The 2019 novel coronavirus has put the kibosh on a number of activities, but if the crowded courts at Carrie Blake Community Park are any indication, Sequim’s pickleball scene remains strong.
Courts at the City of Sequim Park at 202 N. Blake Ave. are open to play seven days a week with no court reservations.
Health guidelines under Phase 2 of Gov. Jay Inslee’s Safe Start plan are in place, including social distancing in the waiting area between the courts — players have marked 6 feet of distance with orange flags tied to the chain link fences — and some players wear masks on the court.
Gayle Powers, who’s played pickleball here for the past year-and-a-half, said that — a little like a pickup basketball game — players show up and soon mix and match for singles or (more often) doubles play.
Newcomers are welcome too, she said. Powers noted that she recently taught a 90-year-old the ins and outs of the game.
“He’s got mobility issues but he wanted to lean how to play. (Now) he knows enough so he can come and play.”
She added, “I’m not the only one (who teaches); it’s for anyone who needs help.”
Courts at Carrie Blake often see a usual crowd in the morning, break around lunch time, and a second set of players in the afternoon, Power said. But both groups are welcoming, she said.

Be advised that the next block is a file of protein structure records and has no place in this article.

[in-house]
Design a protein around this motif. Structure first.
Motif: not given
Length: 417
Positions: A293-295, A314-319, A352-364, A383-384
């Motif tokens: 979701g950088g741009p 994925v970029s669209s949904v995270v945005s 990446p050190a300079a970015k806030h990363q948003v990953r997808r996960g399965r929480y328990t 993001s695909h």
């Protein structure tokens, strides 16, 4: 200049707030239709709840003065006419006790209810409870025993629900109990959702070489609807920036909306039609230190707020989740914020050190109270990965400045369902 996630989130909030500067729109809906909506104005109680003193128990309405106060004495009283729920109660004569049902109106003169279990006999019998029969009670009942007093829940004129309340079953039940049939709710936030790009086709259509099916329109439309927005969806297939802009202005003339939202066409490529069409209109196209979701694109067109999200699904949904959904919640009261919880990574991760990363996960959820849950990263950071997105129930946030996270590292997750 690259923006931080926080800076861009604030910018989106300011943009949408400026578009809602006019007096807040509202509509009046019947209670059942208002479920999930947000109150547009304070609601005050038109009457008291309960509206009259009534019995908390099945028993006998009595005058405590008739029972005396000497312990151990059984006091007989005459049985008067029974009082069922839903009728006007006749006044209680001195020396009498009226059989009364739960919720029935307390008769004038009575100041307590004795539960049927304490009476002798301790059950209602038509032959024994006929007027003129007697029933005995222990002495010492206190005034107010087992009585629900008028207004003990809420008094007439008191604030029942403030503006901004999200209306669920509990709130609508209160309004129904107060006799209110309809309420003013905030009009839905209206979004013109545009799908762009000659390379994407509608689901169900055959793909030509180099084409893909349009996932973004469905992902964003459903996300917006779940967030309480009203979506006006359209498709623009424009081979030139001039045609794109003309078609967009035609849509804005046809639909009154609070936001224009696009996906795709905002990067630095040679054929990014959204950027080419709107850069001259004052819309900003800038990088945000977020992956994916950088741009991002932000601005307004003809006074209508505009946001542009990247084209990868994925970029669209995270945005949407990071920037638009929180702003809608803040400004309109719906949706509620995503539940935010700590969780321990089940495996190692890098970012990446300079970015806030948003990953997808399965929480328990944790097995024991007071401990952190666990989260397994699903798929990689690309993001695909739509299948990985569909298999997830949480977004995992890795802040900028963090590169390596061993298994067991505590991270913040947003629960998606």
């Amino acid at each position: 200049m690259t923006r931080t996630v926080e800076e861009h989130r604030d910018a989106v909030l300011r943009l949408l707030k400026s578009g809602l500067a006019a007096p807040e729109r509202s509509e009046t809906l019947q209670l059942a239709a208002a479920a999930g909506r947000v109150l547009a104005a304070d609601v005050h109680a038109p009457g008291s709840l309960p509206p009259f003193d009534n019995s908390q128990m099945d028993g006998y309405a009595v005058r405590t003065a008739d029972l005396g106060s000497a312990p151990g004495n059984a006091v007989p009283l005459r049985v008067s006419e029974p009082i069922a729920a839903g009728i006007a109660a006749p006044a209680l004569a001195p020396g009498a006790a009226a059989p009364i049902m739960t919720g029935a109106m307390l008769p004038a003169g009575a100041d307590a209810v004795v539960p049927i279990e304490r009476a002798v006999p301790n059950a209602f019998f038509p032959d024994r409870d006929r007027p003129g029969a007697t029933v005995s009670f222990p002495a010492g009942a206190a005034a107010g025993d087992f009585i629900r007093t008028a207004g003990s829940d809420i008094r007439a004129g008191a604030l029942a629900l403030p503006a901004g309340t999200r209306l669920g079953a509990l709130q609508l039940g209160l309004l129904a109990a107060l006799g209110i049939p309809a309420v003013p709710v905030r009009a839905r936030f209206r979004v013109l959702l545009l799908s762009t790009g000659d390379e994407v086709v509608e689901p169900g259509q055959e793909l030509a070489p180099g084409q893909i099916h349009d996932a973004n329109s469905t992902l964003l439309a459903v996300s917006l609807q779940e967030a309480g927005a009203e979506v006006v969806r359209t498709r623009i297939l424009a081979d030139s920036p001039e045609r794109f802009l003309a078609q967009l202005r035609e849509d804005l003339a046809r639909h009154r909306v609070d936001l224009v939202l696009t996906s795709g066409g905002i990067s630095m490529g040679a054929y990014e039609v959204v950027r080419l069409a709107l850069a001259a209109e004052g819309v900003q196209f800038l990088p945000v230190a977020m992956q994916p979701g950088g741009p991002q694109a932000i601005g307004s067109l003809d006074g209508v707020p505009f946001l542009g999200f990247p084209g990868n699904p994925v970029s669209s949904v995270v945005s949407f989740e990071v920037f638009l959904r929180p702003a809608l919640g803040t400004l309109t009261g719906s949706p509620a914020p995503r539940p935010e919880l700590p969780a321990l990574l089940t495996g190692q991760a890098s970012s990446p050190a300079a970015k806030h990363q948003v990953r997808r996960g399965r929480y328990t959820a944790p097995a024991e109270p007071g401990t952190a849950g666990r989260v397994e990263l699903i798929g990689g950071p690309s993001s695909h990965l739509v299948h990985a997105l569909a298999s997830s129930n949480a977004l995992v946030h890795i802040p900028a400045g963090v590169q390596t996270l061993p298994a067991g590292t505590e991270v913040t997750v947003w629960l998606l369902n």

Creation of the eight courts was the culmination of a three-year effort between the Sequim Picklers group and City of Sequim that came to fruition in June 2018, adding to the park that now boasts two softball fields, a skatepark, playgrounds, off-leash dog park, shuffleboard and bocce courts, horseshoe pits, picnic areas and more. Plus, at the nearby Water Reclamation Site, the city boasts a band shell, fishing pond, multi-use playfields, access to the Olympic Discovery Trail and more.
Many of the amenities have restrictions forced by the COVID-19 pandemic; Phase 2 allows for outdoor recreation involving five or fewer people outside one’s household.